The Occupational Licensing Board Antitrust Damages Relief and Reform Act (HR 6515) was introduced on July 25 by Congressman K. Michael Conaway (R-TX-11), then co-sponsored by Congressman Lamar Smith (R-TX-21), and referred to the Committee on the Judiciary and the Committee on Education and the Work Force. The legislation is to limit private antitrust damages against occupational licensing boards and to promote beneficial reforms of state occupational licensing. It was developed to address the implications for licensing boards of the Supreme Court’s 2015 decision in the North Carolina State Board of Dental Examiners v. Federal Trade Commission case.

The bill would shield State Boards, Board members and their staff members from damage awards stemming from private antitrust litigation. It would allow both government enforcers and private plaintiffs to continue to sue for injunctive relief; however, for a board to obtain such relief certain criteria would have to be met: (1) For previously unregulated occupational licenses, the board must have a “sunrise review” mechanism in place; (2) For existing boards, a periodic “sunset review” is required unless the occupation is licensed in at least 40 states; (3) All board members must be selected by an officer of the state, and the board must include public representation. The legislation also calls for a study by the Government Accountability Office of licensing reform, how states conduct cost/benefit analyses through sunrise and sunset reviews, how the states can implement greater portability and how licensing impacts low-income workers, immigrants with work authorizations and those with criminal records.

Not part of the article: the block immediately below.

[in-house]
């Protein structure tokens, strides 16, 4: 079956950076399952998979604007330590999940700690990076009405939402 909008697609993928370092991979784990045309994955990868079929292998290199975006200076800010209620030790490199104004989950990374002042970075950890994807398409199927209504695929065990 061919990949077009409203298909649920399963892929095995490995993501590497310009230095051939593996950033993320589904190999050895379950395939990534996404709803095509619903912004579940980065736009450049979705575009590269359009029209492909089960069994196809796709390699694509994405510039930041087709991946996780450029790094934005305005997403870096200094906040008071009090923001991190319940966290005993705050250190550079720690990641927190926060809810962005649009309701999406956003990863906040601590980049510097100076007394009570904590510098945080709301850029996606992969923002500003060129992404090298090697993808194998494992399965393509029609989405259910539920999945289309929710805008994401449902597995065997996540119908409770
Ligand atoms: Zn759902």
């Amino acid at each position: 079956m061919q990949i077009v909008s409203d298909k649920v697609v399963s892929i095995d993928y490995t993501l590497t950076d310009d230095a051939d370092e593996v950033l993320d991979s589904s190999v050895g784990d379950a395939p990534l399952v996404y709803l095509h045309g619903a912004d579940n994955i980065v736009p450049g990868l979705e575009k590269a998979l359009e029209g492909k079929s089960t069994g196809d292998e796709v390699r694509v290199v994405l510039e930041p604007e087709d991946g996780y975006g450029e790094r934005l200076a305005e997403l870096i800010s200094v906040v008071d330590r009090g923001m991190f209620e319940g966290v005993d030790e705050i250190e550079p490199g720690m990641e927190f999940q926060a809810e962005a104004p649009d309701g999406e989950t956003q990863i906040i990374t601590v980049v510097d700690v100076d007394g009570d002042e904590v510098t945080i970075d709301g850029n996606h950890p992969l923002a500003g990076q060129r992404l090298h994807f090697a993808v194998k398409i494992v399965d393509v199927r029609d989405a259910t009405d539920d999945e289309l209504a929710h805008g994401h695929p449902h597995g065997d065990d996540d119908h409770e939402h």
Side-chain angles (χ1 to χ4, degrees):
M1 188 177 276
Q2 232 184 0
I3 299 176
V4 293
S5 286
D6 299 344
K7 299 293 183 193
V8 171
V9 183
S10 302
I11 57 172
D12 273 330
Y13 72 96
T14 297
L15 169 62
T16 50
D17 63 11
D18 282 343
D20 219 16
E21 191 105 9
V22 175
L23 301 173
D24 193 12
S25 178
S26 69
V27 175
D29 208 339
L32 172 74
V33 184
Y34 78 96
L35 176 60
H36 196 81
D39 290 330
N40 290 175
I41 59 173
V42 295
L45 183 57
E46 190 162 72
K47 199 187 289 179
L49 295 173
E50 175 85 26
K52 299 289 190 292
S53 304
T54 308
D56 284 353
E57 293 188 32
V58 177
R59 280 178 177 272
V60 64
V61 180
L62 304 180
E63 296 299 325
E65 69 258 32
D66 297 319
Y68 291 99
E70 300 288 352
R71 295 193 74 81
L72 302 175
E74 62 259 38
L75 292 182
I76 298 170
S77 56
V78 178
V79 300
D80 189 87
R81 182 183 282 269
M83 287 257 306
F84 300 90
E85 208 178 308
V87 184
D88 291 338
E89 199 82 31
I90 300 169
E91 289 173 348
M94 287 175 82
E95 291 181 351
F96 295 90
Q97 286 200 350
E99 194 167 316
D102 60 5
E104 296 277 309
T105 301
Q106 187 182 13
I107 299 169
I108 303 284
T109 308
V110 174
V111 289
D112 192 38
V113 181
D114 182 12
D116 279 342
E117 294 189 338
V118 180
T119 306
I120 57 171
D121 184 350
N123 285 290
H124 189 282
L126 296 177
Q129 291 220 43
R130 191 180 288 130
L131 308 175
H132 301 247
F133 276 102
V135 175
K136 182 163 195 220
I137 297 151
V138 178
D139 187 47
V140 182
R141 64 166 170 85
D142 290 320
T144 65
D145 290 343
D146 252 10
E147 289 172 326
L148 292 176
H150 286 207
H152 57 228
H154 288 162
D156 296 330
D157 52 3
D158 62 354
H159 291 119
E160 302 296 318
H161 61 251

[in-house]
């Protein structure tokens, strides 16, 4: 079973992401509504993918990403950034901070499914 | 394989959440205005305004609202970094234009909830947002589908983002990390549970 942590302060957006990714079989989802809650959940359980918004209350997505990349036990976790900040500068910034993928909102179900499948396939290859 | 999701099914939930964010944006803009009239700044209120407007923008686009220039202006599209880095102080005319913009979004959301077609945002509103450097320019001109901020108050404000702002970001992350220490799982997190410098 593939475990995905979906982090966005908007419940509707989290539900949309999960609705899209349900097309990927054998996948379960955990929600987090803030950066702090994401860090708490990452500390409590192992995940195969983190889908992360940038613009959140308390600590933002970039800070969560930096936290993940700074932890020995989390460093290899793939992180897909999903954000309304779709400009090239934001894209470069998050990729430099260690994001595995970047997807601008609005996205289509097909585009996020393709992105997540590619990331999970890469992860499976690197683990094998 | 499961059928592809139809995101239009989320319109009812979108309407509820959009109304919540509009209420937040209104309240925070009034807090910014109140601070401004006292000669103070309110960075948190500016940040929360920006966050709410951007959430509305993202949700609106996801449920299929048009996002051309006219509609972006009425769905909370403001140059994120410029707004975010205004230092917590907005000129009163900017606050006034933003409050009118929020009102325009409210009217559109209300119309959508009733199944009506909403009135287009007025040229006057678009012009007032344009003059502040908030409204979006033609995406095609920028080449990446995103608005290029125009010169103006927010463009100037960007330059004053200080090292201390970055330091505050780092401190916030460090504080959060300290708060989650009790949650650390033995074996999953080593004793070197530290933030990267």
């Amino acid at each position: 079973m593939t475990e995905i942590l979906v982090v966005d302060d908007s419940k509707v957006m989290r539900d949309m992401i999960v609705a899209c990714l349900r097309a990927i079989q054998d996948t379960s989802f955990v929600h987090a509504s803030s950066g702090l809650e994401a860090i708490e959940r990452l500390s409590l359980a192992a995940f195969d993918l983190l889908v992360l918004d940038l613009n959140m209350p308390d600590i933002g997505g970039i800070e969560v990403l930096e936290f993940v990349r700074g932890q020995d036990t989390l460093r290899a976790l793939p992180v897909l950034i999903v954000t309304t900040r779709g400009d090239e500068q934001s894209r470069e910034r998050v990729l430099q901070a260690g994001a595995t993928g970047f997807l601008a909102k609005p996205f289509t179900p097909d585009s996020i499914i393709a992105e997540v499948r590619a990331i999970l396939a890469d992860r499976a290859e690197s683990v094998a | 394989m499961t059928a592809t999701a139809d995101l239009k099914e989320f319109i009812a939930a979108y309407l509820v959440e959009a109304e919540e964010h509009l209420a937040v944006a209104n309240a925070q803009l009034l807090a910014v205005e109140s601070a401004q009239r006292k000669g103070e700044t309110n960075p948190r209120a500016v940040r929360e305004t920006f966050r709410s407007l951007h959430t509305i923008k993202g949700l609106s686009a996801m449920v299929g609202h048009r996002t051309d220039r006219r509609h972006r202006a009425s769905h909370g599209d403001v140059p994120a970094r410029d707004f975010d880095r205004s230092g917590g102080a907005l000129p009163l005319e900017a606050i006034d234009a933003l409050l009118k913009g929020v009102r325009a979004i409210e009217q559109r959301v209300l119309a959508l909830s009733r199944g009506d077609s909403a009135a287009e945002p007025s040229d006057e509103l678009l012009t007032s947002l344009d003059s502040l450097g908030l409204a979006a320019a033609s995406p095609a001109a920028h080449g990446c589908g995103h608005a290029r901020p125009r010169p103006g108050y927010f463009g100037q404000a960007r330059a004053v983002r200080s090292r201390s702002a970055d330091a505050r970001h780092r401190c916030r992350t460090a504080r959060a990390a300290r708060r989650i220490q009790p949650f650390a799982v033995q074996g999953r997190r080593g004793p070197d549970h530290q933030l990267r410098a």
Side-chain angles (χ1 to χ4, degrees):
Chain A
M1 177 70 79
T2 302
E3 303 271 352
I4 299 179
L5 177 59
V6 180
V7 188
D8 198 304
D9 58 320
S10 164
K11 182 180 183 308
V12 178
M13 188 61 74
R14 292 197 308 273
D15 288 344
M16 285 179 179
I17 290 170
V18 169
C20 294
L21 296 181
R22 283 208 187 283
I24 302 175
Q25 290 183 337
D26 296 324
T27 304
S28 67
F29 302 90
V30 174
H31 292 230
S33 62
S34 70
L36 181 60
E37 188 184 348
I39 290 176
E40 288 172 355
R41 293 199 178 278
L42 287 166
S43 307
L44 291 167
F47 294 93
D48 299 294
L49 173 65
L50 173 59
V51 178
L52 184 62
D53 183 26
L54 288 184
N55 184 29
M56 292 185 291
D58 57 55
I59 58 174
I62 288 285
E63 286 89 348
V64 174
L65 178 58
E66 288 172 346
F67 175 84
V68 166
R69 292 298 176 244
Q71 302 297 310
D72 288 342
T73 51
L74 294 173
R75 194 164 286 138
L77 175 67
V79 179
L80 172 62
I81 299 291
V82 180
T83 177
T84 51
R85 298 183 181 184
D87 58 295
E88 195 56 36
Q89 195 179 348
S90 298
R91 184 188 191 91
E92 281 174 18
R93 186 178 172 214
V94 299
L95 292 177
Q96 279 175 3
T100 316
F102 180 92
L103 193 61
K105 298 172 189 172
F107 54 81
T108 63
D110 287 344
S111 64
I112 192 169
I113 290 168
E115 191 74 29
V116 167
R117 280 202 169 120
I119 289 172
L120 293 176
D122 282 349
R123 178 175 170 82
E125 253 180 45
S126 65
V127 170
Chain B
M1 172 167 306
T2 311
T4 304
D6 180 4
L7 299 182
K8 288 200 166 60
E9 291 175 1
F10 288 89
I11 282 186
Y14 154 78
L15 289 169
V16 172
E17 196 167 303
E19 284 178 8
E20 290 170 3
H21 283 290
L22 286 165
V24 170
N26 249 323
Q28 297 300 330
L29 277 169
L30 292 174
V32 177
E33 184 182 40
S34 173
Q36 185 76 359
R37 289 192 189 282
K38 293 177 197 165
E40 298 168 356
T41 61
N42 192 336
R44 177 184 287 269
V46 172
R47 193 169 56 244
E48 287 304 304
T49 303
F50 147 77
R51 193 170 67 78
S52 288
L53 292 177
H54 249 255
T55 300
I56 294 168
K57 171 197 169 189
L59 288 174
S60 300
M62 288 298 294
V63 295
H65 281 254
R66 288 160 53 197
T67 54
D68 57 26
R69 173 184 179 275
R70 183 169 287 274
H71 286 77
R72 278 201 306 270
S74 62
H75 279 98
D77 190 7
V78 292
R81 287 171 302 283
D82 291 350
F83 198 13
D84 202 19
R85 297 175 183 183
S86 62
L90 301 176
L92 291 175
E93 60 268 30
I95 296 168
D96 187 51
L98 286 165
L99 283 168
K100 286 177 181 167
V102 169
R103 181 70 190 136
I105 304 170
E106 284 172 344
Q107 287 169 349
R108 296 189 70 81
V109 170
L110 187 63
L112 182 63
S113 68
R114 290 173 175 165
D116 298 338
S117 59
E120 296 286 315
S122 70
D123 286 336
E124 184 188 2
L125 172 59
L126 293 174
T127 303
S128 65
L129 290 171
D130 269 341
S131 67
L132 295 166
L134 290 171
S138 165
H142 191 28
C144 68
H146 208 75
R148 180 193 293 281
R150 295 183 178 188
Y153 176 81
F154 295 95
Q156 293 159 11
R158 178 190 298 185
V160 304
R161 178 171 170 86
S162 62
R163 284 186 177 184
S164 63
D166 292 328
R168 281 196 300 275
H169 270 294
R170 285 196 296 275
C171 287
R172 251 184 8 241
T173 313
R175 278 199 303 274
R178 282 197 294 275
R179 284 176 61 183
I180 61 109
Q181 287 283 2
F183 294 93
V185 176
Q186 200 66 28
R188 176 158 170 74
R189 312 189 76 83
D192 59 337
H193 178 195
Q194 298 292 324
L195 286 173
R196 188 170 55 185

Congressman Conaway (NASBA Chair 2002-2003 and a former Presiding Officer of the Texas State Board of Public Accountancy) explained: “Individuals who serve on these boards should enjoy the same legal protections for working on behalf of the state as all other state officials do.”

For more information see the August edition of Legislative E-News on

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